“Reduce Zoom Fatigue with ‘Cameras-Off’ Learning Activities” Contributed by Kelly Pfeiffer
(Note: This blog post is contributed by TBR Certified Trainer Kelly Pfeiffer): If you’re using Zoom to teach a virtual class, the reason you’re doing so is to ensure that you can see the participants and they can see you, right? When people are learning together, visual cues are extremely helpful, except when they’re not! It turns out that too much of a good thing isn’t so good after all.
As a TBR Certified Trainer, I plan virtual instruction by imagining the class from the learner’s point of view. I ask myself:
- “How can I make the learner’s experience more brain-friendly?”
- “What learning experiences will invite learners to engage with the class topic and with each other?”
- “How can I increase connection and collaboration among learners to foster a sense of a learning community?”
I didn’t know that I was leaving out an extremely important question!
Up to now, I’ve been using current practices and recommendations for learner-centered, virtual instructional design. Examples: I’ve included plenty of topic-focused group interactions. I’ve divided a 2-day in-person class into a series of shorter, 2-hour virtual sessions, with independent “homework” tasks between sessions. Additionally, I’ve used as many options as possible for adding physical movement into activities and I’ve included well-timed breaks.
One aspect I didn’t consider was the exhausting experience for the eyes, brains, and nervous systems of humans learning together through video conferencing. In my quest to foster connections within the group, I assumed that learners would feel more connected to each other if they could see each other’s expressions and body language on camera the entire time. I knew the benefits of having cameras on throughout the class; however, I didn’t realize there might be a few liabilities of this “everyone on” approach.
As early as April of 2020, a number of articles, discussions, and memes about Zoom fatigue began filling social media feeds. It seemed that, in aiming for connection, virtual instructors (including myself) were overloading the sensory input for learners. This dampened the connection factor and the learners’ content-retention as well.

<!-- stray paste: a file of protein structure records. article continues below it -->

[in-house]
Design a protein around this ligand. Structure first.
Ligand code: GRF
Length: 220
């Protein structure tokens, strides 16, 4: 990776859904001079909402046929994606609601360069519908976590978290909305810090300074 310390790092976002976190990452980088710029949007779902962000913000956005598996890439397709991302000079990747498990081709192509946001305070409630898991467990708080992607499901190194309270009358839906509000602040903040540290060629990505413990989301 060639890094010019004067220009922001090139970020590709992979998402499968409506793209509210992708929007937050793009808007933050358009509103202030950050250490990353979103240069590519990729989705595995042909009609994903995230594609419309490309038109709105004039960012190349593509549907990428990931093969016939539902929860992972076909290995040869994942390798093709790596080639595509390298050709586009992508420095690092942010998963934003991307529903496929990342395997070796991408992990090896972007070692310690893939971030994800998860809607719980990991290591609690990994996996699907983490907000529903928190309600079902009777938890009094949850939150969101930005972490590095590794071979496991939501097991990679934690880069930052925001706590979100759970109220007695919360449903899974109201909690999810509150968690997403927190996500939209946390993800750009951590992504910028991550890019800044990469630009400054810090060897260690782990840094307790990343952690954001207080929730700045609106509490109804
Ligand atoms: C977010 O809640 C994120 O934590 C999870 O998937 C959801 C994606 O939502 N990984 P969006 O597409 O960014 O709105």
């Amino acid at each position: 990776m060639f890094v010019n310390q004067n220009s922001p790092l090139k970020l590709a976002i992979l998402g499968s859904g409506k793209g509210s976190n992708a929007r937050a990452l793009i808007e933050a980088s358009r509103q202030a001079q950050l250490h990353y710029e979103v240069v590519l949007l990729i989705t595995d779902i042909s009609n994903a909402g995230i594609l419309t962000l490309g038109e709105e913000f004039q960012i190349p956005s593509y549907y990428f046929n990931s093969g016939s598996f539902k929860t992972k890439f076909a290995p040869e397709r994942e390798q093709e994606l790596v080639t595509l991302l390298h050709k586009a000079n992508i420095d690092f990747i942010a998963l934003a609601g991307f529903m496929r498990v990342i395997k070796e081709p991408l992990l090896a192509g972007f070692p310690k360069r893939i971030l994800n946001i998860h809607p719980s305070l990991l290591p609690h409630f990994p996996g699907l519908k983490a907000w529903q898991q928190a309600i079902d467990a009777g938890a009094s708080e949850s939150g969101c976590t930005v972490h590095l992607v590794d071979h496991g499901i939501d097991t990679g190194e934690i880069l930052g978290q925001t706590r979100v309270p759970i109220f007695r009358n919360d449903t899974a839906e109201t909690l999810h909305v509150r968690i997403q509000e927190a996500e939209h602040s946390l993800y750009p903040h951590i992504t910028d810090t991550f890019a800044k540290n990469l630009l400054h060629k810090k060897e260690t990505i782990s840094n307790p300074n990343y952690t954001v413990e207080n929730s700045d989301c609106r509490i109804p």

Recently, a web article in Stanford News explained the root causes of Zoom fatigue and specific tips for reducing the sensory overload. The tips included camera breaks and visual breaks in which participants actually turn away from the computer screen.
After reading the article, I made two simple changes to my own virtual instruction:
- I made a list of activities that learners could do without their cameras turned on.
- I made notes to myself to remind learners that they could turn off their cameras for those activities, if they wished to do so.
I will admit that I felt slightly uncomfortable when I explained the instructions for the activities and included an extra comment that everyone was welcome to turn off their cameras. Surprisingly, most of the learners did, in fact, choose to turn off their cameras.
Because I was in the instructor role, I kept my camera on the whole time, In hindsight, I wonder what it would have been like if I had turned off my camera, as well.
After completing each activity, I asked a reflection question: “What were the benefits of this activity and how might you use this in your own virtual instruction?” Comments from the learners included how much they enjoyed being off-camera for a short time. After hearing the positive feedback, I continued to offer the “off-camera” option for activities that didn’t really require that the cameras be turned on.